This time we take the central road out of the square, the Via Del Corso and stroll towards the Vittoriano. There are some beautiful buildings and basilicas along the way – we decide to go inside one of the most imposing, the ‘Chiesa Des Santi Ambrogio e Carlo al Corso’ – which sounds rather prettier than ‘ The Church of Saints Ambrose and Charles on the Via Del Corso.’ Because of the narrowness of the streets and the impressive height of the church, combined with the stark shadows, getting a decent photograph is challenging.
This magnificent church was built by the Lombard family between 1665 and 1669 (which seems incredibly short when you see the size of the place and the lavishly detailed finish throughout). It has a nave, two aisles – and virtually no people! Just a lone priest walking about at the rear of the building, silently praying and reading a bible, and us! This would be a cathedral anywhere else we’ve ever visited!
We leave at 9.55. The contrast between the virtually silent church and the bustle of the Corso is shocking. It’s bright, mild, and promises to be reasonably warm later. We stroll eastwards, towards the heart of the city., passing familiar stores along the way:
A commonly recurring problem arises, when we could both do with a restroom. There don’t seem to be any public loos anywhere (we later discover that there is apparently just one for central Rome, but we never find it!) and stopping to take on more fluids as a ploy for using a café’s facilities seems self-defeating. Back in Manchester, or New York etc, we’d head into the nearest department store, but Rome tends towards small, high quality designer boutiques and doesn’t really have any to speak of. The nearest we get is a modest, 5 storey building further along the Corso which is the home of a posh store called La Rinascente. It would fit neatly into a corner of a typical John Lewis or Selfridges! We climb to the third floor where they have a smart but minimalist toilet provision and then slink away under the withering glances of the Armani-suited staff.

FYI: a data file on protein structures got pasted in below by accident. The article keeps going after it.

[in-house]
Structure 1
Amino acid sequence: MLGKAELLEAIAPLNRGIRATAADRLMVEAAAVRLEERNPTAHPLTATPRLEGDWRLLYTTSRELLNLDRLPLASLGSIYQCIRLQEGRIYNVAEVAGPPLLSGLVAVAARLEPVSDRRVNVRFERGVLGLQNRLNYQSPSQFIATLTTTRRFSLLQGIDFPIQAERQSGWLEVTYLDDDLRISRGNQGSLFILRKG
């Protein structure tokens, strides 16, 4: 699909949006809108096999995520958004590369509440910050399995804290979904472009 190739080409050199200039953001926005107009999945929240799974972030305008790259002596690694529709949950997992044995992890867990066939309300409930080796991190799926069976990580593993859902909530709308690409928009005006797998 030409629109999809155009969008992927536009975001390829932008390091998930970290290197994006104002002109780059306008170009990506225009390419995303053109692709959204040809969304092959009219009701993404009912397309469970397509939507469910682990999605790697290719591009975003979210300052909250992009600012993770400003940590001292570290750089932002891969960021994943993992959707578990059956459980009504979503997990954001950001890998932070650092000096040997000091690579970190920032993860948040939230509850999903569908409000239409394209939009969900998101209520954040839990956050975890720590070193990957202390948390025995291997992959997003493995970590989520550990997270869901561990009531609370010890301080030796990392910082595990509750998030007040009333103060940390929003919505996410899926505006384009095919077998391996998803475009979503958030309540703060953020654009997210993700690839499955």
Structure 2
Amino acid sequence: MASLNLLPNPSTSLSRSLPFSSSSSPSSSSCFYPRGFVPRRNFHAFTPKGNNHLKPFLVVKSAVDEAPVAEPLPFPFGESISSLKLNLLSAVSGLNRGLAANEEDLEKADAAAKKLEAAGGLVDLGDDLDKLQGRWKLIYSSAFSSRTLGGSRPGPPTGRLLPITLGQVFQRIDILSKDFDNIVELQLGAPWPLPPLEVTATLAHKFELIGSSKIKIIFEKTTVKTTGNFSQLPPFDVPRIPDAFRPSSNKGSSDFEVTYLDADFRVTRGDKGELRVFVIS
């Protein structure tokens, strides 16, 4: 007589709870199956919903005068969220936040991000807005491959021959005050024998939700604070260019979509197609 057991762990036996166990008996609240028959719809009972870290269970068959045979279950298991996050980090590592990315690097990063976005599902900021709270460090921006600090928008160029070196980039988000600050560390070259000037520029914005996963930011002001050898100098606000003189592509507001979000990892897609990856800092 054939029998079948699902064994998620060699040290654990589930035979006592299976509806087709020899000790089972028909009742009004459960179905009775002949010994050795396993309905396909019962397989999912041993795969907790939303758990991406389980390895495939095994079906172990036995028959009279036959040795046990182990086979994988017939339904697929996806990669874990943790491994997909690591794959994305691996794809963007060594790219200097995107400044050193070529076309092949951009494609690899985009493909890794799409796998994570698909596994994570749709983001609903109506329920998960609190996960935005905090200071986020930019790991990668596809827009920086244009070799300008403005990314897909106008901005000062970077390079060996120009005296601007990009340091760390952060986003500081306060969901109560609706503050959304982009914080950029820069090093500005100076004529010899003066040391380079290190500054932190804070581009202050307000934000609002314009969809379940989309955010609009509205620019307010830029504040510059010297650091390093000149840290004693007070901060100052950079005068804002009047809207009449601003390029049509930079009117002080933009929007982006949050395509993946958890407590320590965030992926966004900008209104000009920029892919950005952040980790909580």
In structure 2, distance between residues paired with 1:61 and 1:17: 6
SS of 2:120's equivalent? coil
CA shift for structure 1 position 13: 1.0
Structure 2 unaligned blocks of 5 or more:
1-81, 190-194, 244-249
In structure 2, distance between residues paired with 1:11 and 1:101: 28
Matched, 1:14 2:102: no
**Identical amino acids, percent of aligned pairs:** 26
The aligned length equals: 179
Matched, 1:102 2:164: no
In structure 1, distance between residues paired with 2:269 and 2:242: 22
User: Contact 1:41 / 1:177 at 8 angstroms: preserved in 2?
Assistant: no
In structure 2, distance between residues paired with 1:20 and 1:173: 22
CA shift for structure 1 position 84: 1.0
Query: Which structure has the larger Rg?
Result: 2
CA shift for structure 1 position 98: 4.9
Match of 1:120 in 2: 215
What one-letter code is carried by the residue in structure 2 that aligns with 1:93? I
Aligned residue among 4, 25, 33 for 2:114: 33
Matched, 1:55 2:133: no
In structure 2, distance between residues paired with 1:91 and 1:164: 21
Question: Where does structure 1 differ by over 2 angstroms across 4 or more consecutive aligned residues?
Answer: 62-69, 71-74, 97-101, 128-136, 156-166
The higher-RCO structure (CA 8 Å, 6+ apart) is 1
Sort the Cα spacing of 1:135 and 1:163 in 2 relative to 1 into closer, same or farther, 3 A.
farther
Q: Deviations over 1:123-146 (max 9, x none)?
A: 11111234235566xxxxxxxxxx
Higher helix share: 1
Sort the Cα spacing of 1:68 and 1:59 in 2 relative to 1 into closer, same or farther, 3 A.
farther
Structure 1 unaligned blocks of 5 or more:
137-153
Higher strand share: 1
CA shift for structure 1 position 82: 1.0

Heading onwards, the Corso passes an open square called Piazza Colonna, which has as it’s focal point a massive, carved monolith, the Column of Marcus Aurelius, erected in 180 AD to commemorate various, northern European campaign victories, and astonishingly carved over its incredible height with scenes from the campaigns. I presume a statue of the Emperor himself once capped it, but a later Pope replaced it with a statue of Saint Paul.
Opposite the piazza, on the eastern side of the Corso is a beautiful, 19th Century shopping centre, the Galleria Sordi, with a lofty, columned arcade onto the pavement.
We’ve again reached the trafficmania piazza in front of the Vittoriano. Smartly dressed cops are directing the flow of vehicles with typical, Italian panache.
I idly wonder whether they regularly get flattened at night, due to the dark blue cloth of their designer suits, sorry, uniforms?
It takes a few minutes to work our way around the square and to the left/eastern side of the monument (again busy with tourists). Our agenda today is to get a taste of Ancient Rome, and our first objective is the Forum area, sitting behind the Vittoriano, and south east of the neighbouring, Capitoline Hill.